My writer friends and I joke a lot about a beta-read rejection form. In truth, I have more of a beta-reader indemnity clause. It reads something like this. "Be forewarned, grammar is not my forte. I will correct any glaring errors I see, but will undoubtedly miss more than I catch.” To be honest, Im actually quite adept at grammar; I just hate to read for it. See, I’m the daughter of a copy-editor who took great pleasure in schooling her children on their grammar mistakes. Mom would hand me back an essay (or my WIP as the case is today) with little asterisks in the margin with a note telling me to go find the error in the sentence.
Plus I’m from Boston, and we are all “whicked smhart” up here!”
Yesterday I had the privilege of reading a third round of edits for a talented, amazingly-creative writer friend of mine. The edited copy had already been marked up by another critique partner. That particular critique partner, after a few choice phrases like “this project needs a lot of work,” and “you are going about this all wrong,” and “trust me, I am a bit of an expert at this,” went to town on my friend – specifically her use of passive voice.
I held my tongue for the last two critiques, but yesterday I let her other critique partner have it. If she wants to condemn my friend's book for grammar errors, then she should at least take the time to get it right! I included charts, graphs, and even solicited the advice of my copy-editor mother to make my case. It was a little over the top, even by my snarky standards, but I was pissed – that whole cross me or mine protective instinct kicking in.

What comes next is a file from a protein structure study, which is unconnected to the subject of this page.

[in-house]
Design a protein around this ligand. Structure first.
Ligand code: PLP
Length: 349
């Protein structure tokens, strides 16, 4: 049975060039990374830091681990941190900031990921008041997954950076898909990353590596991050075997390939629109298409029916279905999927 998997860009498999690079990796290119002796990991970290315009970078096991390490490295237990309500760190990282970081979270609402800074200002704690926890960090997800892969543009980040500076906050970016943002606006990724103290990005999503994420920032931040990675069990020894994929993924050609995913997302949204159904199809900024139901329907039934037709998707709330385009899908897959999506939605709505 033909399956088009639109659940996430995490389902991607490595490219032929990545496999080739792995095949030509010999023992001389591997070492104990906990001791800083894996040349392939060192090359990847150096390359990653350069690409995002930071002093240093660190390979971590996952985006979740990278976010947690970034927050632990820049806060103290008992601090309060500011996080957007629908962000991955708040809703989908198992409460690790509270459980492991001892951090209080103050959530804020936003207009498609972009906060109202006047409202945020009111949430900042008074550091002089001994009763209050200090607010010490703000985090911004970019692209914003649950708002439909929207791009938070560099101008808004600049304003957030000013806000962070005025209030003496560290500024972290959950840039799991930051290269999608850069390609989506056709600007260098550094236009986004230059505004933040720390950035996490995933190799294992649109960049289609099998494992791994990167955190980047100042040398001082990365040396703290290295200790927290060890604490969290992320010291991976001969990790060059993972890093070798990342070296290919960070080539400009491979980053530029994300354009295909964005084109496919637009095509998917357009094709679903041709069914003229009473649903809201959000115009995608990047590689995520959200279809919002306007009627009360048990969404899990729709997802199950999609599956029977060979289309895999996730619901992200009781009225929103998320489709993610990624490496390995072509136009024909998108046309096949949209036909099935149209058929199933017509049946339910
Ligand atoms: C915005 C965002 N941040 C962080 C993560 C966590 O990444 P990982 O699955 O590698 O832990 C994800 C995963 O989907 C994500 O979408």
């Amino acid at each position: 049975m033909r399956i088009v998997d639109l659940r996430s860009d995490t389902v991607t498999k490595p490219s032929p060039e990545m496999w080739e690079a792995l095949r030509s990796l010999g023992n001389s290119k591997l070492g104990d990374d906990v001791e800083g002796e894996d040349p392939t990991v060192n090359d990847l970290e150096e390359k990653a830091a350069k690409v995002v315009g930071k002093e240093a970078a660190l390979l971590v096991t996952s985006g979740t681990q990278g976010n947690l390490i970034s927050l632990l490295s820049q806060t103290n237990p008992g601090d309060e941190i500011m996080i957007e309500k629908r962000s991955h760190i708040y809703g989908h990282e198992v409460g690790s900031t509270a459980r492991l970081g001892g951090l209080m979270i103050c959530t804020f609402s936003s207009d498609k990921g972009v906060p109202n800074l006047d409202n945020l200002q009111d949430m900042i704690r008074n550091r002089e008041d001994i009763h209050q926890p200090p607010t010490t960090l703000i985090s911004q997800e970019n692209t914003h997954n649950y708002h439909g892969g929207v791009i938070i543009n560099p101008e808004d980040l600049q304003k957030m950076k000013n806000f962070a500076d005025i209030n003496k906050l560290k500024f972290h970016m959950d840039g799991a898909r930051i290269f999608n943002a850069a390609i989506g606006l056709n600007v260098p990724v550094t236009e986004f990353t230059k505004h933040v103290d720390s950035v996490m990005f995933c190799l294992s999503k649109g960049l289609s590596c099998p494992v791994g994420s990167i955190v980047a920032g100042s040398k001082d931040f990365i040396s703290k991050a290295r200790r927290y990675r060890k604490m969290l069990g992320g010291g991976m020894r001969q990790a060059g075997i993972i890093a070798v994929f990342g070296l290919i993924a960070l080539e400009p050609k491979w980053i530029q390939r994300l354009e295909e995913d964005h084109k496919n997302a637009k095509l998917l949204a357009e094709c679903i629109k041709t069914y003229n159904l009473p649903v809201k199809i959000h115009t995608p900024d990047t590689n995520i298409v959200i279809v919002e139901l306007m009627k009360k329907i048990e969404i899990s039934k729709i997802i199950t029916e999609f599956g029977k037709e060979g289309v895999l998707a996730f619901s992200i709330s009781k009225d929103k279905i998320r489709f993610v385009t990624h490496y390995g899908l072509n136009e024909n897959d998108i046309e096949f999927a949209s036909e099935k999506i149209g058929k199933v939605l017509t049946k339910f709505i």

A noun of direct address does need a comma. A hyphen is used to connect two words that form a single-thought adjective. And grAy is the traditional spelling of the color in America. I could stomach all that; but, when the faux Grammar-Goddess instructed my writer friend to bring her passive-voice sentences into active voice, I lost it. I totally agree that active voice is a more effective choice for our writing. Problem is, last time I checked, phrases like I heard, I sang, or I thought aren’t written in passive voice. They’re active-voice, past-tense! HUGE DIFFERENCE!!!
So thank you for listening to my rant. I don’t do it often, and I promise not to do it again for at least a couple of weeks. I will leave with one of my charts – one created by me and approved my copy-editor Mom!
Active Voice Passive Voice
Present I sang It is being sung (by someone)
Past I sing It was sung (by someone)
Future I will sing It will be swung (by someone)